Wednesday, January 13, 2010

Riding bicycles in Hartford

The subtitle of our blog is "Riding bicycles in Hartford". We talk about it less and less because, well, we've got a lot of posts at this point. It'd be boring. However, every so often there's an affront to riding a bicycle in Hartford and we must respond. Chris will be responding in greater detail soon, but I'd like to offer some preliminary anger.

Recently, The League of American Bicyclists came to Hartford to talk about making things bicyclely friendly. I didn't go and I'm not even sure if I heard about this event. Through our friend Kerri at Real Hartford, who went, I learned that the League ranked Connecticut 44th (out of 50 states) in terms of bicycle friendliness. Much like an American in Europe, I am compelled to defend my homeland.

How can this be? What the hell? What does this even mean? Why am I standing up for Connecticut even though I just got hit by a car? These questions are just for rhetorical flourish, but I am pretty perplexed by all these states that rank ahead of Connecticut. I will admit that I have not ridden my bike in all 50 states, not even close, but I have ridden in several states that rank far ahead of Connecticut, like Maine. Third place? Come on! I have ridden in greater Portland a bit and it felt a hell of a lot like riding in greater Hartford. It didn't feel fourteen times better. Drivers were about the same and the infrastructure felt about the same. They had some bridges with bike lanes and we have some bridges with bike lanes. They have some bike paths and we have some bike paths, etc.

Connecticut probably does not have as many cycling advocacy dorks as other states, because the vast majority of people who commute to work drive. Whatever. We're a hypocritical "progressive" state. However, our aged, not very wide roads are pretty easily traversed by a bicycle. Compared to other states that rank much higher, our roads are much better for having a relatively dense population. Greater DC? They have some nice bike infrastructure, but if you're not in the more affluent places that have those improvements, good luck riding on the 17 lane roads. I suppose it's conceivable that a state deserves a higher ranking if it has made an effort to address bike problems because of it's really wide roads.

My 5 mile commute (round trip) is pleasant, very short and is entirely in Hartford. Yet, when I ride to work from my parents' house in Avon, it's 20 miles and more or less without incident (unless someone takes a left in front of you). During weekends when the weather is more pleasant, cyclists flock to out where my parents live. They wouldn't do that if the roads were unrideable. Although, I do admit that the distracted drivers of large, powerful vehicles in the affluent suburbs are occasionally menacing. We really need to pass and enforce some distracted driving legislation.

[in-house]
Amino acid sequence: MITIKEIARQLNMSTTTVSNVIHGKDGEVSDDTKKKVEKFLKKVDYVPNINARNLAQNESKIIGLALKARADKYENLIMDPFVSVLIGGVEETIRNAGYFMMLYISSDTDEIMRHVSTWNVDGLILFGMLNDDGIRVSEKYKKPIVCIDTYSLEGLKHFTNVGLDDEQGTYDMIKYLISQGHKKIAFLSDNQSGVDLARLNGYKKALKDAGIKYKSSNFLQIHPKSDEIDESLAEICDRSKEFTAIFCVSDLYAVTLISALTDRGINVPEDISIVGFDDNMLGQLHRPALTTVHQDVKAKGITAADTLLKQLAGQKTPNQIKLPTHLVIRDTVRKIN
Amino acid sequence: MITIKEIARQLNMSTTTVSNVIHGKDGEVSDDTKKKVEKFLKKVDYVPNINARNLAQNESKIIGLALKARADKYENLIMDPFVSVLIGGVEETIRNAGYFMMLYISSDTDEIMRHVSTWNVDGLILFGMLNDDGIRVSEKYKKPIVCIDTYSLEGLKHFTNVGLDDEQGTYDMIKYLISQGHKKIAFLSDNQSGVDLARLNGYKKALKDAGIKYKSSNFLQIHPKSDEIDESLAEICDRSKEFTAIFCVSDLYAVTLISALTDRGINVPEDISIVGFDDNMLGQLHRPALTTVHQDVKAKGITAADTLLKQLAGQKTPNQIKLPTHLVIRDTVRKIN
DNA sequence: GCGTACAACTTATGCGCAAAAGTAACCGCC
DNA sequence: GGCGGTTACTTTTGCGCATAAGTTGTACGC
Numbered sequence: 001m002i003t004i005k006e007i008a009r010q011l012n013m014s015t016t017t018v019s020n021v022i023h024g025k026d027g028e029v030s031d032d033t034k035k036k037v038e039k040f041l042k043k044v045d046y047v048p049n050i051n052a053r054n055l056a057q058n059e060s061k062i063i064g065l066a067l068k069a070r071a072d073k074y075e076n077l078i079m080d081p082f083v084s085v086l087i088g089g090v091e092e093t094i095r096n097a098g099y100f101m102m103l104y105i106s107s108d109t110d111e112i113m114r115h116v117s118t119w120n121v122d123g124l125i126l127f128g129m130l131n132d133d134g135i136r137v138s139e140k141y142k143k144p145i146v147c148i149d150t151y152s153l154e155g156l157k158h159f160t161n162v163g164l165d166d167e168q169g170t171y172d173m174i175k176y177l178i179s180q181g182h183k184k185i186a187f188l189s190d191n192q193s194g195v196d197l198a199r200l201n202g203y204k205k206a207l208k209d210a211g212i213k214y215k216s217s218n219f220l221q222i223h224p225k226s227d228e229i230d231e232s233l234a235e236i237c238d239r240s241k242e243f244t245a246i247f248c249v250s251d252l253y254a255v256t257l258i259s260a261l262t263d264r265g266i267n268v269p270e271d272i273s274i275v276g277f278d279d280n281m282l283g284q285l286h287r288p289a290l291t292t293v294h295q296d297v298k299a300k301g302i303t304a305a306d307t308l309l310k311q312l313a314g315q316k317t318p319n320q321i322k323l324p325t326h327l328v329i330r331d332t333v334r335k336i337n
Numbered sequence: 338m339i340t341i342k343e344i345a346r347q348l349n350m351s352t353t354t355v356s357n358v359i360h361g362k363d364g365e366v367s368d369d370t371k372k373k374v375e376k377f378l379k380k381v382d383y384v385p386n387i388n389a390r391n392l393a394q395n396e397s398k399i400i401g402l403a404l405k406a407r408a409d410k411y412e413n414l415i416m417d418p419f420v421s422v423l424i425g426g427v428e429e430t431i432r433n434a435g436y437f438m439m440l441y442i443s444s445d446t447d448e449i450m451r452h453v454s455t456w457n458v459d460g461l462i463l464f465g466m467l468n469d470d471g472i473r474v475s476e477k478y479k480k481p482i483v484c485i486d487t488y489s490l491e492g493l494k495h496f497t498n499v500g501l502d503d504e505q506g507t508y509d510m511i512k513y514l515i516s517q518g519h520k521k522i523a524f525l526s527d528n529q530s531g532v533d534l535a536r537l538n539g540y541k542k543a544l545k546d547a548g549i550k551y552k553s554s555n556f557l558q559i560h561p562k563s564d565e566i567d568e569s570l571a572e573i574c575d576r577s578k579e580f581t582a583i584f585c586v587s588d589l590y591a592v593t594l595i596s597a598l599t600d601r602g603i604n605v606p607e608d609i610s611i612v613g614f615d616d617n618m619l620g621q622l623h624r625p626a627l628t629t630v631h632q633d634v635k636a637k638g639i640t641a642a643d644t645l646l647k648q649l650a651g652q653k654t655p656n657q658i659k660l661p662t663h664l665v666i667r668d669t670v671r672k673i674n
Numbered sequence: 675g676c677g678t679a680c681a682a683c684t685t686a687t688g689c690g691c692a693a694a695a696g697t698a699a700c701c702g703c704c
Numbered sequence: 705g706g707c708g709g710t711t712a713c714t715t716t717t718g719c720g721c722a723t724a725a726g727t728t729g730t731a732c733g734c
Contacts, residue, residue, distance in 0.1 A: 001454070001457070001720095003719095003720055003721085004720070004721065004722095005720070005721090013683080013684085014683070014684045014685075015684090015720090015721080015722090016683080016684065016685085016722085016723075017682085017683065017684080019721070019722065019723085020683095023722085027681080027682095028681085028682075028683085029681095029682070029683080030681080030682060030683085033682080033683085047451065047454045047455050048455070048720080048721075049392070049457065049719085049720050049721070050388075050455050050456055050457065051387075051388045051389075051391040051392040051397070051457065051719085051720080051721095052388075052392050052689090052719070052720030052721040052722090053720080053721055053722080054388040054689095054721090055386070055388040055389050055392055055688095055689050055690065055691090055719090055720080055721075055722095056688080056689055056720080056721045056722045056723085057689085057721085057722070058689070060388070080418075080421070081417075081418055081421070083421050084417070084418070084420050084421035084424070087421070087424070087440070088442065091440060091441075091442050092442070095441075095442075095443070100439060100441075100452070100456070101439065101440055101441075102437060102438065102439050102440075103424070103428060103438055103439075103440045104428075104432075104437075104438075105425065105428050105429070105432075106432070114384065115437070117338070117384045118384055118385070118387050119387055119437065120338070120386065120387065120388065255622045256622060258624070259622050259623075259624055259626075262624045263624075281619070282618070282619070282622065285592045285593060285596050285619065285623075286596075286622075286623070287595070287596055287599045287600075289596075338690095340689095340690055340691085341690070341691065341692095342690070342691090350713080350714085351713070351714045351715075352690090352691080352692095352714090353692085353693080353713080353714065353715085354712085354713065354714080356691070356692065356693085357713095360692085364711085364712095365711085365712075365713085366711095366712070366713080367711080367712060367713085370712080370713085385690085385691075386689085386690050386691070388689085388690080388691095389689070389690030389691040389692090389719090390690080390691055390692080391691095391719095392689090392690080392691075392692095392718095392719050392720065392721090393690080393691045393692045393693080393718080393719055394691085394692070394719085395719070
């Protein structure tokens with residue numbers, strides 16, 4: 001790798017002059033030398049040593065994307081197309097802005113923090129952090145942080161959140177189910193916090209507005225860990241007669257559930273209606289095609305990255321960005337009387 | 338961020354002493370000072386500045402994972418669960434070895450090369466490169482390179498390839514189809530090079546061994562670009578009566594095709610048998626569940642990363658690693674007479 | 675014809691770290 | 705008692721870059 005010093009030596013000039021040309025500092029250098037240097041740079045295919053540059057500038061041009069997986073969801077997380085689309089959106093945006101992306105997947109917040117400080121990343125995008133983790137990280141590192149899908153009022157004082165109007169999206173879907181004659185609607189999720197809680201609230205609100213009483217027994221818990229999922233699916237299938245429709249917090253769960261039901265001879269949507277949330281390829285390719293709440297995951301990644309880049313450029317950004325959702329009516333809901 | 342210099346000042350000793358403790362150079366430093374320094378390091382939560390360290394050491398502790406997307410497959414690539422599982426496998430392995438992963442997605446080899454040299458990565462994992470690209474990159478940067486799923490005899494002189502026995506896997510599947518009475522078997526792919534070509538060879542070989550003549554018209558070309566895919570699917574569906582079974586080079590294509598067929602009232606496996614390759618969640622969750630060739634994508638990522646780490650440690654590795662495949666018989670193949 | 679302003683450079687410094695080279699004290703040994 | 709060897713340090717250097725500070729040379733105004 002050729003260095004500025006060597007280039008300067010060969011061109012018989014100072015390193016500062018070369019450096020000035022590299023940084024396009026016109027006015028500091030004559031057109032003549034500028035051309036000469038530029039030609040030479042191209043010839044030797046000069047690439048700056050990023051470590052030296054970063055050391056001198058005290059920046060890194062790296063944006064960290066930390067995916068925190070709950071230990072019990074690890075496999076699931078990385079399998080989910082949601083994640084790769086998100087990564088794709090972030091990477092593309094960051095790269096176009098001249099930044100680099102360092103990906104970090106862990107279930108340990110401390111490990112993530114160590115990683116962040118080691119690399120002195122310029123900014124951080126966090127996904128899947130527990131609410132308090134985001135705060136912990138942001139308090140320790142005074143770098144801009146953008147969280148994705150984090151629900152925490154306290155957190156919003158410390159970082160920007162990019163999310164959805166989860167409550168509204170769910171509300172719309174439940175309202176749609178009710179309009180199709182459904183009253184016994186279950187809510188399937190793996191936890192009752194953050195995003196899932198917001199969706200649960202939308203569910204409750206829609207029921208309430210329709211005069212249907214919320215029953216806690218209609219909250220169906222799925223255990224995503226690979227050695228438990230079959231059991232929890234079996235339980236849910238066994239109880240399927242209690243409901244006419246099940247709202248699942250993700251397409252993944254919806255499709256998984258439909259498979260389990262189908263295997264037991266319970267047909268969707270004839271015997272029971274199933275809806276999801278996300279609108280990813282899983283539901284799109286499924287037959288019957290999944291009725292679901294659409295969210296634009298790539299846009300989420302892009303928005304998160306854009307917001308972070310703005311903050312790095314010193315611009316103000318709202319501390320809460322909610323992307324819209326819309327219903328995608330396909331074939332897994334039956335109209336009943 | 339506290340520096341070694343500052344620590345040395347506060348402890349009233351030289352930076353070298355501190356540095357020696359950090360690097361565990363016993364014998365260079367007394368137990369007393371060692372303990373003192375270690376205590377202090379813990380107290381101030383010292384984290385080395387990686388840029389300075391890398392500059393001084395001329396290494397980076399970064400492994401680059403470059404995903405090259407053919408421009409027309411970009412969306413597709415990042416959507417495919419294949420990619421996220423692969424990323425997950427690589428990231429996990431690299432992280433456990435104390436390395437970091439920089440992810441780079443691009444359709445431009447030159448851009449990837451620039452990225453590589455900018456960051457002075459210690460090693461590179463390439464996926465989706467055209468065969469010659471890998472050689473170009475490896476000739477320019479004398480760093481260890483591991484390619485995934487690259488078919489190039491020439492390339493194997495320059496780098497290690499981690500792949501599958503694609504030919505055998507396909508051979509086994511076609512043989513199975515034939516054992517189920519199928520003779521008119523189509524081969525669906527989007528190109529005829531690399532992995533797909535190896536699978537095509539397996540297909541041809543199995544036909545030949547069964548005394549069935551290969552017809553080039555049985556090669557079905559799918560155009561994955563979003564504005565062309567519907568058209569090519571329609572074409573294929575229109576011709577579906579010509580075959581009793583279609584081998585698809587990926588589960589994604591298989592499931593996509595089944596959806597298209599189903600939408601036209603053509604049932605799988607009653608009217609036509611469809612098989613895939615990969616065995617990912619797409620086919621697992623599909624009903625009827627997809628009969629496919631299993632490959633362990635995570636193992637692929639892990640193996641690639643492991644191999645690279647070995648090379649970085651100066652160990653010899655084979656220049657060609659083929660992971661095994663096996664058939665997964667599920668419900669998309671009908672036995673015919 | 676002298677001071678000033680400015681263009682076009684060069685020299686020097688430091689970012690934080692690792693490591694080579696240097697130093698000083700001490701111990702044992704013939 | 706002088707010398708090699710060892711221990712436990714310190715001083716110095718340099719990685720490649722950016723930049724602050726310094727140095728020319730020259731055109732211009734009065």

I don't know. I'm totally perplexed. It would seem that a ranking of 44 would that it's barely possible to even ride a bike in Connecticut, but I do it all the time with considerable enjoyment- especially with the pleasant snow conditions as of late.

Heck, Florida ranks 12 places ahead of Connecticut and it's the most dangerous place to ride a bike in the country.


Kerri said...

I'm really surprised by your angry reaction. Most of the stats that I included in the post came out of me looking at the League website, and not from the content of the presentation last night. The symposium, I thought, was very optimistic and pragmatic. But, I included CT's ranking in my write-up because I found that to be a fair assessment of the state.

From my perspective, CT is not bike friendly. My perspective is that of a person who has not been riding regularly her whole life. I'm not entering bike races or dressing myself in super speedy gear or able to lift my bike over my head. While this may not be a part of the League's criteria, I would put forth the question of how many women are riding on the streets. Where I ride, which is a main street with a bike lane, I normally see two women, and they have not been out since the weather got cold.(Yes, the cold weather pushes a lot of people into cars and buses, but the remaining cyclists I've seen since November have all been males) I look at who shows up at Critical Mass, who's in the pictures at various races, and who writes about biking, and primarily, it's not the females. I know that the local bicycle community is numerically dominated by men and I don't expect the lack of females on the road to be something that even is on the radar, but to me, if half the population is so drastically underrepresented, there is something inherently not bike friendly in this community.